LANSING, Mich. — Michigan Attorney General Bill Schuette reported Wednesday that he raised $1.2 million over three months and had $2.3 million to spend on his run for governor, the most of any candidate except self-funding Democrat Shri Thanedar.
Schuette, who is considered the GOP front-runner, took in $705,000 since entering the race in September, according to his campaign. He also collected $510,000 for his attorney general campaign account that can be used on the gubernatorial bid.
Former legislative leader Gretchen Whitmer, the favorite in the Democratic field, raised $768,000 in the quarter and had $1.5 million in cash as of last week. Democrat Abdul El-Sayed, Detroit’s former health director, took in $612,000 and had $903,000 in the bank. Thanedar, a businessman whose campaign is almost entirely self-funded, disclosed Tuesday that he had nearly $5.7 million.
Second-term Republican Gov. Rick Snyder cannot run again in 2018 due to term limits. Wednesday was the latest campaign-finance deadline for state candidates, ballot initiative groups and political action committees.
Other GOP gubernatorial candidates include Dr. Jim Hines, who gave his campaign $75,000, bringing his total self-funding to $513,000, and state Sen. Patrick Colbeck, whose finance report was not available. Hines had $100,000 on hand.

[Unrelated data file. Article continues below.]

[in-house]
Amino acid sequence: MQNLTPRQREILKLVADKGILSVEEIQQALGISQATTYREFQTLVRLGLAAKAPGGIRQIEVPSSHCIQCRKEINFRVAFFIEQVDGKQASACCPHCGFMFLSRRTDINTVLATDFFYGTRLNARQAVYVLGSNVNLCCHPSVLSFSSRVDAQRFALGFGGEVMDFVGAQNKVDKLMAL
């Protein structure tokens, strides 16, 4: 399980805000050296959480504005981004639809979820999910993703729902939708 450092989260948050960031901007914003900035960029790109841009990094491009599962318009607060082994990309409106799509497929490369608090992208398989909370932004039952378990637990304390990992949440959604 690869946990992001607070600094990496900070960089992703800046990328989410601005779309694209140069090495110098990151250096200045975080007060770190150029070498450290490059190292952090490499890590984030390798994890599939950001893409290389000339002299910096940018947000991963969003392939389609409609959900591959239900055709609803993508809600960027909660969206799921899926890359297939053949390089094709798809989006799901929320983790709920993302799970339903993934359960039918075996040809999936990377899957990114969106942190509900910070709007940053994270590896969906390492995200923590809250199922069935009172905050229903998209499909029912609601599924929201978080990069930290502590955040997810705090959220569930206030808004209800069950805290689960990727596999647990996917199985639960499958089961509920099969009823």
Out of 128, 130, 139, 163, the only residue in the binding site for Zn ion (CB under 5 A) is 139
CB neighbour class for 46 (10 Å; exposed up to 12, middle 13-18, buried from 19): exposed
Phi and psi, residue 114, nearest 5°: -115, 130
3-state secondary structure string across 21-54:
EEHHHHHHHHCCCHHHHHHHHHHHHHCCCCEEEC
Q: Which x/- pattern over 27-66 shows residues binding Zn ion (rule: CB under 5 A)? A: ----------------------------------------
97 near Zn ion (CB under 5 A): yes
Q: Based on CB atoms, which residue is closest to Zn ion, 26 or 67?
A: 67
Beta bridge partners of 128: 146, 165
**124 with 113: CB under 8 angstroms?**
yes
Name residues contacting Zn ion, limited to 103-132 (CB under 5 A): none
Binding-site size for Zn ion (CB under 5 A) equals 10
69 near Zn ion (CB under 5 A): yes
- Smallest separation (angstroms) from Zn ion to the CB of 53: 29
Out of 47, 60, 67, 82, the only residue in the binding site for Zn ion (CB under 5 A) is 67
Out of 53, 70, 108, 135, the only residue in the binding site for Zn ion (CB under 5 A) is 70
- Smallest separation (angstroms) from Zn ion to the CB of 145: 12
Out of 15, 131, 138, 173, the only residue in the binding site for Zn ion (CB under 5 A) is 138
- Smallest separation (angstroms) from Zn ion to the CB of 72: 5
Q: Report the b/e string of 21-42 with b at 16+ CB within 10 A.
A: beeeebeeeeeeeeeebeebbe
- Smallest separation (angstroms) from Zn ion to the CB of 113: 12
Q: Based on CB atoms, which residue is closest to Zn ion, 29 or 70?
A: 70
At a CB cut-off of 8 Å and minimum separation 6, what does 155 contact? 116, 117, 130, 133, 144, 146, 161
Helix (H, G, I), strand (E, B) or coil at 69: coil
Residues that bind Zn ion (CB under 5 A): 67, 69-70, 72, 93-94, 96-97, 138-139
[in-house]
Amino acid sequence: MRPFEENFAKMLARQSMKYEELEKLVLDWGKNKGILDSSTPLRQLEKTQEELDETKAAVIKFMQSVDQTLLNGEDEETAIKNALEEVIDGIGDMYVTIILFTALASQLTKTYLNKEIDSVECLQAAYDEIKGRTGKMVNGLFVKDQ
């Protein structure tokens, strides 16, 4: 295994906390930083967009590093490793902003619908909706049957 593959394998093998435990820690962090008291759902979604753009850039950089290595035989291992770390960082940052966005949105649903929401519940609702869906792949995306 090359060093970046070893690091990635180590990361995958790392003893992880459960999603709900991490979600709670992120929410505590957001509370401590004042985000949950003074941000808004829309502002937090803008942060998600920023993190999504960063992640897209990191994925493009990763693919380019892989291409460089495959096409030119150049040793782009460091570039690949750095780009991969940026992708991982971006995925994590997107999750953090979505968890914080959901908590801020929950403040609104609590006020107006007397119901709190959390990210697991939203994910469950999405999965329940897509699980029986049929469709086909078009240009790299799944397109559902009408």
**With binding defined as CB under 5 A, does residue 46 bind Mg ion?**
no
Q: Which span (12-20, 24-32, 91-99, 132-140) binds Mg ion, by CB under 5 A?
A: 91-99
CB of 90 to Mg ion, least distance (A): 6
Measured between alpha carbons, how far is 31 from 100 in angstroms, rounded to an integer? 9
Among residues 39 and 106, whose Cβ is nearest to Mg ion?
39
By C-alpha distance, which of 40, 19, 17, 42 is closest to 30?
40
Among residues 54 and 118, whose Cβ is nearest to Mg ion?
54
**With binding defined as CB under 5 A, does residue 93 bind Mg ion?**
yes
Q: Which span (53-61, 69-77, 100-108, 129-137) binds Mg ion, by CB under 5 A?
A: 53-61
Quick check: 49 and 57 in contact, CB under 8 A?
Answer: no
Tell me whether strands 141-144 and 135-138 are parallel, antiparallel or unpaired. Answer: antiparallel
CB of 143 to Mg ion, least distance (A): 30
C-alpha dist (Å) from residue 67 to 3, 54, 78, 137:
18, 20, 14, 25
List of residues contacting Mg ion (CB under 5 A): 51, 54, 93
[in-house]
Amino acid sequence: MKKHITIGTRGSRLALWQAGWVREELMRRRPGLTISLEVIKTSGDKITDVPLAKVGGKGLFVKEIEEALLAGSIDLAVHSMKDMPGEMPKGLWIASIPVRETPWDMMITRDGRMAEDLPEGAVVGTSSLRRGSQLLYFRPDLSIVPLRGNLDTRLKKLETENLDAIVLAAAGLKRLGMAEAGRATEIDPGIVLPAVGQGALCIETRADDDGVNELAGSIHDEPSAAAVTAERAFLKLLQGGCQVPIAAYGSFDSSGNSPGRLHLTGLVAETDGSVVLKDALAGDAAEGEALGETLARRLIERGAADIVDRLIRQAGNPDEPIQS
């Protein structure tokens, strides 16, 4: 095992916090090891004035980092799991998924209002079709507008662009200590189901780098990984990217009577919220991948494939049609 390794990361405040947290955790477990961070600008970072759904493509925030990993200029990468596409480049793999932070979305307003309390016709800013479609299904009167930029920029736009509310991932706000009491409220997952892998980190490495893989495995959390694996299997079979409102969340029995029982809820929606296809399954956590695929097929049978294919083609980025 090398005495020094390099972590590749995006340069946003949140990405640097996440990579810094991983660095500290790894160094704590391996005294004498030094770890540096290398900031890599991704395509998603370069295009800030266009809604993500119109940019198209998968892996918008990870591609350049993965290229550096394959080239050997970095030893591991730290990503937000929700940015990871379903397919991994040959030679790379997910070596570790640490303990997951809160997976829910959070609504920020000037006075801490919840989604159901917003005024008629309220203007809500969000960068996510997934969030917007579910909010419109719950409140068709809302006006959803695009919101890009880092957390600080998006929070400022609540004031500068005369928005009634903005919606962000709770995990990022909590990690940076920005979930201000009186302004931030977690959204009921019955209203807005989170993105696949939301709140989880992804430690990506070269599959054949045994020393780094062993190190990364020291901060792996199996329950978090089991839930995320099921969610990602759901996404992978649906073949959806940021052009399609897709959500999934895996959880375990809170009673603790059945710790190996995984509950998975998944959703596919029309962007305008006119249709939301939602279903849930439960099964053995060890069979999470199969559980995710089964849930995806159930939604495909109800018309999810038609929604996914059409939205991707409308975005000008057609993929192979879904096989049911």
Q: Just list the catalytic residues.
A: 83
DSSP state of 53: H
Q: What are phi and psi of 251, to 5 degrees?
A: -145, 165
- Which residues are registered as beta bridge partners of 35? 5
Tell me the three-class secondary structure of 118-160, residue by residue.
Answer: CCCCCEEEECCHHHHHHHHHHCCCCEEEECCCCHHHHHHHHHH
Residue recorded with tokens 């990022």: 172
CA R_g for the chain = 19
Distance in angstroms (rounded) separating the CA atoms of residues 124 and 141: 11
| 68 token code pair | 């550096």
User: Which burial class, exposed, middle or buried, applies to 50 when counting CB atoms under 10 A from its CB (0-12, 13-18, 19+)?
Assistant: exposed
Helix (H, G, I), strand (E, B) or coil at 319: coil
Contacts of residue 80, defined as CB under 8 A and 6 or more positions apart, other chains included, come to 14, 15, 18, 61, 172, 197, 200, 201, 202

Schuette spokeswoman Bridge Bush said he was proud of the “wide support” for his agenda.
Whitmer spokeswoman Annie Ellison, emphasizing her support from in-state, lower-dollar donors, said Whiter was “proud of the unprecedented local grassroots coalition behind this campaign.”
El-Sayed said his campaign is “entirely driven by grassroots donations from real people” and not “corporate PAC bribes.” A preliminary analysis showed that more than 80 percent of Whitmer’s contributions came from Michigan donors, while about two-thirds of El-Sayed’s donations were from outside the state.
Another Democrat who has appeared at candidate forums and other events, former Xerox executive Bill Cobbs, spent most of the $70,000 he had given his campaign.
Voters will choose the Democratic and Republican gubernatorial nominees in the August primary election, and the winner will face off in November 2018. Party activists will choose their attorney general and secretary of state candidates in nominating conventions next summer.
In the AG race, Democrats Pat Miles — a former federal prosecutor — and civil rights attorney Dana Nessel raised $190,000 and $150,000 respectively. Republican state Sen. Tonya Schuitmaker raised $288,000, which includes a transfer from her Senate account. GOP House Speaker Tom Leonard raised $236,000, which also includes a fund transfer. He still has $150,000 in his House campaign account he could use.
Democratic secretary of state candidate Jocelyn Benson took in $252,000. On the GOP side, Stan Grot raised $102,000 since April and Mary Treder collected nearly $29,000. Another Republican, Joseph Guzman, raised $4,000.
Ballot committees that collected hundreds of thousands of dollars each over the last three months include initiatives to raise the minimum wage, require paid sick time, make the Legislature part-time, legalize marijuana for recreational use and repeal a law that requires higher “prevailing” wages on state-financed construction projects. The groups must collect hundreds of thousands of voter signatures to qualify for the 2018 ballot.